• Record: found
            • Abstract: not found
            • Article: not found

            Phagocytosis of rod outer segments by retinal pigment epithelial cells requires  v 5 integrin for binding but not for internalization

              • Record: found
              • Abstract: found
              • Article: not found

              Characterization of a novel member of the macrophage mannose receptor type C lectin family.

              The recognition of a diversity of carbohydrates by the various calcium dependent (type C) lectin family members has been shown to be critical for a variety of processes ranging from cell adhesion to antigen presentation. Examination of the expressed sequence tag (EST) data base for novel type C lectins using E-selectin as a probe resulted in the identification of a distantly related short polypeptide sequence containing many of the conserved residues found in these carbohydrate-binding proteins. Cloning of the full-length murine cDNA containing this region revealed that this protein is a novel member of the family that includes the macrophage mannose, the phospholipase A2, and the DEC 205 receptors, with a cysteine-rich domain, a fibronectin type 2 domain, eight type C lectin domains, a transmembrane domain, and a short cytoplasmic carboxyl terminus. Genomic Southern analysis suggests that this is a conserved protein, and examination of a human homologue revealed a high degree of sequence homology with the murine form. Northern blot analysis revealed expression of a large transcript in a number of different human and murine tissues and tumor cells and an alternatively spliced smaller transcript with a divergent 5' sequence was expressed specifically in the human fetal liver. Analysis of the genomic structure revealed that the gene encoding this lectin was interrupted by a large number of introns, and the intron structure was similar to the macrophage mannose receptor gene. Finally, in situ hybridization analysis demonstrated that the transcript encoding this lectin was found in a number of highly endothelialized sites as well as in chondrocytes in cartilaginous regions of the embryo.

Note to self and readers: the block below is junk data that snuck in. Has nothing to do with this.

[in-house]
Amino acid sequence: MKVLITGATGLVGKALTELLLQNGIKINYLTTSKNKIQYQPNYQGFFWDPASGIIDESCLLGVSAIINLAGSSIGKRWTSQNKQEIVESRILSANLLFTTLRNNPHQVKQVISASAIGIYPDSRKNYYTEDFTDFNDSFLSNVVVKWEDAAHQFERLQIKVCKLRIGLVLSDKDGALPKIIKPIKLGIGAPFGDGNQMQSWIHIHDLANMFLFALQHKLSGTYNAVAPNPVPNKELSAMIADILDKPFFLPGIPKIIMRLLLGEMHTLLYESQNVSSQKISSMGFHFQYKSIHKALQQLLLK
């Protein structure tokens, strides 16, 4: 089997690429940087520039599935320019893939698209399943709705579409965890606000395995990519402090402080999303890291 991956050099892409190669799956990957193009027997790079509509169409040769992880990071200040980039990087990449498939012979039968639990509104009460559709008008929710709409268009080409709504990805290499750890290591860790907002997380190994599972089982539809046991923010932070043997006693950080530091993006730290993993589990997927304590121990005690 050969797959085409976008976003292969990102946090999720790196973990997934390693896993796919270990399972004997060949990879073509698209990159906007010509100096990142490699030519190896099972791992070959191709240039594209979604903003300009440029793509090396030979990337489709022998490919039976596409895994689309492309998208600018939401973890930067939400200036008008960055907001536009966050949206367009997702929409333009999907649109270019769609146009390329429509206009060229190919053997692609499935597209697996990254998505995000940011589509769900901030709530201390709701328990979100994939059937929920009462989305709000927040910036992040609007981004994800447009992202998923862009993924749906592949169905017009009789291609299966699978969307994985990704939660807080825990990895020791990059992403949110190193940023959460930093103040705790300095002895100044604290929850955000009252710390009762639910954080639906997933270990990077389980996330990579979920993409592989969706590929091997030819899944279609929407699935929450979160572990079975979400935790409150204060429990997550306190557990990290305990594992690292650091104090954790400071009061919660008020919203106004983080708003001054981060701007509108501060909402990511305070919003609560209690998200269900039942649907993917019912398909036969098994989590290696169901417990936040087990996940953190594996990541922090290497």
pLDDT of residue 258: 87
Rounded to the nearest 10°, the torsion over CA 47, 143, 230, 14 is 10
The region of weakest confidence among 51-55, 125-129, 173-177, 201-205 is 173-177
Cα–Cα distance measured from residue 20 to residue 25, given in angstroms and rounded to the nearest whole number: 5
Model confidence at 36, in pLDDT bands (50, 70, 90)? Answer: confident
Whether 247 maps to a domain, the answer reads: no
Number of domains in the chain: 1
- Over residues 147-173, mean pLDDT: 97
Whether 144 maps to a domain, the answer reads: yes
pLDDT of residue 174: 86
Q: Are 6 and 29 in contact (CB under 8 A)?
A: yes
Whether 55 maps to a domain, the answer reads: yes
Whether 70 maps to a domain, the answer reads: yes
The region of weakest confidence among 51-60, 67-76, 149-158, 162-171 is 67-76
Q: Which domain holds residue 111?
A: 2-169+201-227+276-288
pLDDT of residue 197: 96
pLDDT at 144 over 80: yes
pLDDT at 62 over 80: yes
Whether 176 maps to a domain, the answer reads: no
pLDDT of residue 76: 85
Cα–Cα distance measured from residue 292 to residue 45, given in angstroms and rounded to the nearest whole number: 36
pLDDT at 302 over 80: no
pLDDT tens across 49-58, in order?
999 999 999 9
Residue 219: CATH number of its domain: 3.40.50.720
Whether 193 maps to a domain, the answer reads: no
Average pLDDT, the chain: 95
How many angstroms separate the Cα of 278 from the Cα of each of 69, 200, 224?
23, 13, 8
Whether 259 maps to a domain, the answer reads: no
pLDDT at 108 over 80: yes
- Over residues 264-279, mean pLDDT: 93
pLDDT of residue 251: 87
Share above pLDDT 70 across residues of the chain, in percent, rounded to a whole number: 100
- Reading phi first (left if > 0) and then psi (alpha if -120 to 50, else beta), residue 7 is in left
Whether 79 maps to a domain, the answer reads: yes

Author and article information

                Ophthalmic Res
                Ophthalmic Research
                S. Karger AG
                February 2003
                30 January 2003
                : 35
                : 1
                : 42-47
                aDepartment of Ophthalmology and Visual Sciences, University of Louisville School of Medicine, Louisville, Ky., bDepartment of Medicine and Biochemistry, Vanderbilt University, and VAMC, Nashville, Tenn., USA